Under the Recycle Bin Pages or files that have been deleted are listed. You may leave them there safely, as there is no automatic purging at logout. Otherwise you may Undelete or Purge each file individually.
- Undelete - Pages return to their former status as Listed or Hidden or files return to the folder they were deleted from.
- Purge - Pages and Images are permanently removed from the website. Once purged they cannot be recovered.
Please note: The recycle bin only works if files are deleted through the admin panel. If you delete a file though FTP access or equivalent to that effect, they Will not appear in the recycle bin.
Peardrop features CKEditor, a fully featured and open source WYSIWYG (What You See Is What You Get) editor that allows you to create content with ease and no prior knowledge of HTML at all! (though it helps if ever you want to make tweaks that the editor does not support)
The editor has 2 modes, a 'Designer' mode and a 'Code' mode.
The Designer mode allows you to create the content and have the editor generate the code for you in the background, While the code mode allows you to see the raw HTML source code and make your own changes to it, This is useful if you want to inject your own style references or insert other code that the editor does not have built in.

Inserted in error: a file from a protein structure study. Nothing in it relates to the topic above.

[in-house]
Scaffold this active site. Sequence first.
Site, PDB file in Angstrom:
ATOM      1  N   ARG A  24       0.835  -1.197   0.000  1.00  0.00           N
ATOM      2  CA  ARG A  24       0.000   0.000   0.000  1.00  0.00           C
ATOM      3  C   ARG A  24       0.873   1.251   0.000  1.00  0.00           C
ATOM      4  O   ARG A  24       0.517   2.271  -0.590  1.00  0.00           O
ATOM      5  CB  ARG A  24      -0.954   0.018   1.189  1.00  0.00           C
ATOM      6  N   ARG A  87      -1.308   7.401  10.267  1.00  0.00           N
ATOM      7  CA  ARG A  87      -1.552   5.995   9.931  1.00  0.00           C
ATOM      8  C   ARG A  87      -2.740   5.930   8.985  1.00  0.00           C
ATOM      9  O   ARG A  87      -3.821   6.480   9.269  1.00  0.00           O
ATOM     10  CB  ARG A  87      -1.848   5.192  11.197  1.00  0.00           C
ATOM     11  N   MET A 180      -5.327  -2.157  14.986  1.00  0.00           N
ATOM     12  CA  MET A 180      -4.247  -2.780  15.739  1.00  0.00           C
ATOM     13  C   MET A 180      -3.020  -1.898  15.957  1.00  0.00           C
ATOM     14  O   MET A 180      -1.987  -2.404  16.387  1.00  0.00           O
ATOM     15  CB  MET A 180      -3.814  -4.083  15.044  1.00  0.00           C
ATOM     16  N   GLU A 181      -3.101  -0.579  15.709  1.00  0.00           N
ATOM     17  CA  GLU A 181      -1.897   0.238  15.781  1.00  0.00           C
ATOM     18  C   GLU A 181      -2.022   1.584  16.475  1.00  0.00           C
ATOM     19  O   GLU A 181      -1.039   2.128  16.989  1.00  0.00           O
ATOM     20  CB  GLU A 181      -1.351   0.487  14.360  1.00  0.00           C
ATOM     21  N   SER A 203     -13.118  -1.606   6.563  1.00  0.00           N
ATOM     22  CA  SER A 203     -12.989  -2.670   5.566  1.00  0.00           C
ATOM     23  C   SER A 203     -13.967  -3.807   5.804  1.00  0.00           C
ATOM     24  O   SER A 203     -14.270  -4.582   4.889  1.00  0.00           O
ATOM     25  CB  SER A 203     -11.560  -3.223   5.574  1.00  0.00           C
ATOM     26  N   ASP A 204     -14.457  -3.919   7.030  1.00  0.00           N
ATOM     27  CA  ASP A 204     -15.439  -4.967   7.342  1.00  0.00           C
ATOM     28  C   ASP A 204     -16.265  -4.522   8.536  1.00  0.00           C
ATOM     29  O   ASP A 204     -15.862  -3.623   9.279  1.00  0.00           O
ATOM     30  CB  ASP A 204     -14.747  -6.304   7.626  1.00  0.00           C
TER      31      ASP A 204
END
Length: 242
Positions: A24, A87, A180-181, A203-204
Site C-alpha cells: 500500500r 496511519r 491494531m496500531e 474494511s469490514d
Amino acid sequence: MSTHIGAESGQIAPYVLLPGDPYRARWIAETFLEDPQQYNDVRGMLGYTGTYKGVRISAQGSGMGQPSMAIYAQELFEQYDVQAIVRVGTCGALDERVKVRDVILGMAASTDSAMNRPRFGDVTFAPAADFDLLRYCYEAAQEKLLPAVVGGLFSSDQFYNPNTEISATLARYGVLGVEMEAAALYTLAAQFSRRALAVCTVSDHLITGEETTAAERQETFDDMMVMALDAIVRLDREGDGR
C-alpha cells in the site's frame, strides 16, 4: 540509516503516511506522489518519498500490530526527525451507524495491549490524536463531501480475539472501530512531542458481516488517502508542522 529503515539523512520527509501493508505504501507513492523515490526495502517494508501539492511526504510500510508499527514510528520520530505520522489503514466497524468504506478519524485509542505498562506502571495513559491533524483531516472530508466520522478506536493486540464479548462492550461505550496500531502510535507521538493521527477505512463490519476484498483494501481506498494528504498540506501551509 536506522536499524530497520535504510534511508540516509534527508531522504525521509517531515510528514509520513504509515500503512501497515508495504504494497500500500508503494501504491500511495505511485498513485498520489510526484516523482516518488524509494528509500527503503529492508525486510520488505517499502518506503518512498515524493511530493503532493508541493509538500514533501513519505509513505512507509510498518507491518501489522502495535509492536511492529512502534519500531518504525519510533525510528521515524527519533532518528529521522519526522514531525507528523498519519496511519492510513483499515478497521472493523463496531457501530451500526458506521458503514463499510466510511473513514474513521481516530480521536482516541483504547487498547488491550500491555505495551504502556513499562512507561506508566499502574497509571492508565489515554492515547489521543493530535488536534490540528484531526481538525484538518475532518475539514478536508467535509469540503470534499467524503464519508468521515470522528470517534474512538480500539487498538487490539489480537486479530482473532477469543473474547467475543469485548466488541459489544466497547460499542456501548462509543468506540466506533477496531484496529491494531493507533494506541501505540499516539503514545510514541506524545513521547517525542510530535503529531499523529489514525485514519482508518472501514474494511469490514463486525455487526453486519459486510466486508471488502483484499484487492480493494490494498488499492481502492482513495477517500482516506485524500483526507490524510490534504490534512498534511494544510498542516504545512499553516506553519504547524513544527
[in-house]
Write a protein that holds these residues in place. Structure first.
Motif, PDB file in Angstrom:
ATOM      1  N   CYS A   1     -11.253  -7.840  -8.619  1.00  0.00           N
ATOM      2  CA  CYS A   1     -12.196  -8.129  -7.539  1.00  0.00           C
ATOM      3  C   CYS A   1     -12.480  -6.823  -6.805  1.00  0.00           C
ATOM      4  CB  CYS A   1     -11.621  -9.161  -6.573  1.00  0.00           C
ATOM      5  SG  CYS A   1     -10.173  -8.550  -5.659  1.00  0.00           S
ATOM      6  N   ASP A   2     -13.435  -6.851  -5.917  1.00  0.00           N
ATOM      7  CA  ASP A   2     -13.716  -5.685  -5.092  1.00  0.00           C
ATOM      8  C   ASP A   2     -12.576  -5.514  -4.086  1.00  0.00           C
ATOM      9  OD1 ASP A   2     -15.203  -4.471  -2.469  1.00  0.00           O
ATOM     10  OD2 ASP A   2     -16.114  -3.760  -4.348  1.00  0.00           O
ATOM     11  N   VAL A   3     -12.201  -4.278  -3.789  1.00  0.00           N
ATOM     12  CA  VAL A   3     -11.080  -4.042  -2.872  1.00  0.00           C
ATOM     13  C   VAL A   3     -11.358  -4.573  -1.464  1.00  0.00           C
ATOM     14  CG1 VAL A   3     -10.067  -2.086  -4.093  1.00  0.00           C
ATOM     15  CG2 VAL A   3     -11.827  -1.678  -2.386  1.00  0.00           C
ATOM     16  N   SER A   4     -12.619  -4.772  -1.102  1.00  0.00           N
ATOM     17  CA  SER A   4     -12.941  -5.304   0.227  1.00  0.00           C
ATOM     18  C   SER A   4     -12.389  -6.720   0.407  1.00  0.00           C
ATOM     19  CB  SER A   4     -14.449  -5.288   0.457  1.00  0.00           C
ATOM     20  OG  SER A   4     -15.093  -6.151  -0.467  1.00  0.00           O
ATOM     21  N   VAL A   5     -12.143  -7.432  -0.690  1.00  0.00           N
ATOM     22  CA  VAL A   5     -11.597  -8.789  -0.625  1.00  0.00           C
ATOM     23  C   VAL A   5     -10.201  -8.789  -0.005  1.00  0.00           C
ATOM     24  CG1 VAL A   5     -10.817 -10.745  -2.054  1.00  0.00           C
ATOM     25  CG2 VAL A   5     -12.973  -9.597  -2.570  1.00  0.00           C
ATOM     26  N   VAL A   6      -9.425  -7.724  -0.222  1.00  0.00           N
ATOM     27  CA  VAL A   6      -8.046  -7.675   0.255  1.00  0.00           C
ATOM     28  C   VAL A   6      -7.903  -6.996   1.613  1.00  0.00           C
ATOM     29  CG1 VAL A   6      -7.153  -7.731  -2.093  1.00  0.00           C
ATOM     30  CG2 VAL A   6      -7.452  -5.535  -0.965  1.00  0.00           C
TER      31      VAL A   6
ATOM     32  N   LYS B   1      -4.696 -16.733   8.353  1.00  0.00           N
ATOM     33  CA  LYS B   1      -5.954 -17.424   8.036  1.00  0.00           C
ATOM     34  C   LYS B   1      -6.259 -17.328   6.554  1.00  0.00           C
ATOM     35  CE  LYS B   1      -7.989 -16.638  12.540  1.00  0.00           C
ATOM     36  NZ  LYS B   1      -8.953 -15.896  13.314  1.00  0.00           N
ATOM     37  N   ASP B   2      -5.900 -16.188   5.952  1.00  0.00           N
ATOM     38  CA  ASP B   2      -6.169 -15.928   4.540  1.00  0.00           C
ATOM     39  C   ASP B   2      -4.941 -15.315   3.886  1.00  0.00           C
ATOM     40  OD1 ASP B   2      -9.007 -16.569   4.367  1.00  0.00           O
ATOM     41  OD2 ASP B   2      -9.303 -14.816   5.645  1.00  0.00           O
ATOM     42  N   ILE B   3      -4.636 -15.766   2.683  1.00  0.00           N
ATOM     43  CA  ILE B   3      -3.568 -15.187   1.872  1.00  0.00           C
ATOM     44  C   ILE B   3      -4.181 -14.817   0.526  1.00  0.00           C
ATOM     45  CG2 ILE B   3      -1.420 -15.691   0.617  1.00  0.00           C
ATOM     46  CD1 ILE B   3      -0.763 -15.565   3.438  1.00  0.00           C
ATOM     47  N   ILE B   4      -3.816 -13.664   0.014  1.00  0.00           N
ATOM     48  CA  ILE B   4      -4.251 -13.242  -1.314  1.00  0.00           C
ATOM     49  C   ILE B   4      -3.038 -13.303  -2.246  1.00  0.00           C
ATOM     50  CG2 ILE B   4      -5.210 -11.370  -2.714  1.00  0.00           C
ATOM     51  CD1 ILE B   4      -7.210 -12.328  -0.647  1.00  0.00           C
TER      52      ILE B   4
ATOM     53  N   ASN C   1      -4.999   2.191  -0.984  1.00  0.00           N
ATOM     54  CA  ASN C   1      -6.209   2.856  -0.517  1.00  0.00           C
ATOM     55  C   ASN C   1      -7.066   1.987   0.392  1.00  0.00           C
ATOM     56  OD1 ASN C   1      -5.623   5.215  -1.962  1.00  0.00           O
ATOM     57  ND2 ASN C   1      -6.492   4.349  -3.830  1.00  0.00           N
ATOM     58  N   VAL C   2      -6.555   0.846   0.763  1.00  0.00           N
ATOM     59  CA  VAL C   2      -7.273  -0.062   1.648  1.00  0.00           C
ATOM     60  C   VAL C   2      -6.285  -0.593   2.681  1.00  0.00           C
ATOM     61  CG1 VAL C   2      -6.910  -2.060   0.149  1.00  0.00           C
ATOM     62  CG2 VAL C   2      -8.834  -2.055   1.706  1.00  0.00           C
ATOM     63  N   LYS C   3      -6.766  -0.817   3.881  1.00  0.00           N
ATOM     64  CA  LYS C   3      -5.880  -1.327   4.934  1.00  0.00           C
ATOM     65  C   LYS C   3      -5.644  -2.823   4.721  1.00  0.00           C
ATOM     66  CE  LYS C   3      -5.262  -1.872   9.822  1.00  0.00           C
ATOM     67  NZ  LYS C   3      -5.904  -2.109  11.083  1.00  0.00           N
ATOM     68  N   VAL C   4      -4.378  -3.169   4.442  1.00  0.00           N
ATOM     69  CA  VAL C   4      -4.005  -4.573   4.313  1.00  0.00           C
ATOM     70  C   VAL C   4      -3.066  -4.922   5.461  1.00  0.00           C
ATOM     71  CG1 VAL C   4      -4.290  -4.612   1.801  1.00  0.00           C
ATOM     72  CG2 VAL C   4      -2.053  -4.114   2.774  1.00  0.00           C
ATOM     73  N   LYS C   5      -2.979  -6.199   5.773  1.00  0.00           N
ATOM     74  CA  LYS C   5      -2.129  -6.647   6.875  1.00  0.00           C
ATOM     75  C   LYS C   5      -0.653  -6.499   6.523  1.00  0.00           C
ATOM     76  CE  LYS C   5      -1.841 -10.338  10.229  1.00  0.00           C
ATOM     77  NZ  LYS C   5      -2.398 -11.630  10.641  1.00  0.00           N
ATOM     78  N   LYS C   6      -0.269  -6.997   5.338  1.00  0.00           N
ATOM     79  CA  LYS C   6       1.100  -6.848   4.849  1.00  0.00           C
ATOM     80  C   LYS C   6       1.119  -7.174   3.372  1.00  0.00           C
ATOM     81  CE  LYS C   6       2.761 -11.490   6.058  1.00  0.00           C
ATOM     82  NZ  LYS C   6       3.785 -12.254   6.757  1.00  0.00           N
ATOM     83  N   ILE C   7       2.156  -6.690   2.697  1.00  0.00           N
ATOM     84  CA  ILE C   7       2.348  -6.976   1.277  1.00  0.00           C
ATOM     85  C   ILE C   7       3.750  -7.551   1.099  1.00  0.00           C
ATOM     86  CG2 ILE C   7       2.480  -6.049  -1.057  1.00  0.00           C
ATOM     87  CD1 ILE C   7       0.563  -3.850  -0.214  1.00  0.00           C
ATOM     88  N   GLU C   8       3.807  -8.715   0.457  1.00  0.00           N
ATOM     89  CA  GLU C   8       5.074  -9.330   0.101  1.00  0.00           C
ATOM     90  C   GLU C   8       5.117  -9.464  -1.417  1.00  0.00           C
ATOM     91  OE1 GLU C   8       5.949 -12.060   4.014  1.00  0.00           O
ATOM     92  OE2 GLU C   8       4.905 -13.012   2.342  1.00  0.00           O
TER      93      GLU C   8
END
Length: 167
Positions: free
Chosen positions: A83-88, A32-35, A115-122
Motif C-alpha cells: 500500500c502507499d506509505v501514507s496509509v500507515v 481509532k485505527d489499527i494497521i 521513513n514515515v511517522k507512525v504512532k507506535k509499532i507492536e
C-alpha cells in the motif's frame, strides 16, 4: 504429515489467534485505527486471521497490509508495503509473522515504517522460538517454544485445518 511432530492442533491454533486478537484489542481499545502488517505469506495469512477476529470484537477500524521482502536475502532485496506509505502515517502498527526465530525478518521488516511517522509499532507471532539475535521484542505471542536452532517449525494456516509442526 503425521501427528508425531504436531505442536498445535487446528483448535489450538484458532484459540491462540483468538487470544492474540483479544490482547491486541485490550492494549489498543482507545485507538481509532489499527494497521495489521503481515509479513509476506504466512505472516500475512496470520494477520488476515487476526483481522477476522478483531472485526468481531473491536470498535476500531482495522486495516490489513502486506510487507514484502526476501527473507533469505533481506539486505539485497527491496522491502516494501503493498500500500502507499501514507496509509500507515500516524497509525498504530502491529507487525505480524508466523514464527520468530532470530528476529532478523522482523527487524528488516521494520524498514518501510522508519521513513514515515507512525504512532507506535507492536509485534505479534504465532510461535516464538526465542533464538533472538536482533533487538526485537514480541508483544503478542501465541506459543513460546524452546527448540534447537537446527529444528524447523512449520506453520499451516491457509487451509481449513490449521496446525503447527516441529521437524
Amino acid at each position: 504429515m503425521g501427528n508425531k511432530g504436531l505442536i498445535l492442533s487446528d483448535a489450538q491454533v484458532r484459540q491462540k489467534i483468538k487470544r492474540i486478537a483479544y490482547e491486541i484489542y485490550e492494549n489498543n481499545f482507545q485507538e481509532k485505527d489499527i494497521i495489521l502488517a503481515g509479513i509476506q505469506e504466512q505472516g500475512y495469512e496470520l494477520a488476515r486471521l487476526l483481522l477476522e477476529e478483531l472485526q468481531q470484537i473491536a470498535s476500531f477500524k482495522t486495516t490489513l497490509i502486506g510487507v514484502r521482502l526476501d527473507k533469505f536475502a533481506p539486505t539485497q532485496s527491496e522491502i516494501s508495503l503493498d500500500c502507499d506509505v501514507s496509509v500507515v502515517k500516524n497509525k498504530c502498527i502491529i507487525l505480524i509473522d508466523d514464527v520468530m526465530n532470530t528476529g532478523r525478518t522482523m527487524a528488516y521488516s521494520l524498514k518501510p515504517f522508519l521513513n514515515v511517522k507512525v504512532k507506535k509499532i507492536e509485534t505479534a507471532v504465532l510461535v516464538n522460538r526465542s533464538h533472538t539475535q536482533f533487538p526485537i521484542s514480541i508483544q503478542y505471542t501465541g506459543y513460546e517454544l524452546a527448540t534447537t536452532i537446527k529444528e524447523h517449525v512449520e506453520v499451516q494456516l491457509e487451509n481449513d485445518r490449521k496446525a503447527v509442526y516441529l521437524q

Peardrop also has a more advanced editor (CodeMirror) which only supports plain-text style editing, with the added benefit of syntax hi-lighting to make it easier to follow. This is geared towards more advanced users who are comfortable using XML based mark-up languages and CSS. It may also be preferable to the code view in CKEditor, as this does not currently have any form of mark-up/Syntax hi-lighting, and may sometimes interfere with the layout structure of the code.
Customising Peardrop Look and Feel
From the start, Peardrop CMS has been designed with customisation in mind, and as development progresses, this process will be made as easy as possible.
The files explained
As opposed to using multiple static pages, Peardrop works by a series of smaller key sub-files and the use of query strings to manage what content is to be displayed to the user through a single parent page.
index.php and admin.php
These files contain the core skeleton of the HTML code your browser requires to render the page, and within the HTML are a series of PHP functions which then perform various tasks such as fetching the page identifier from the browser's address string, and displaying the appropriate content.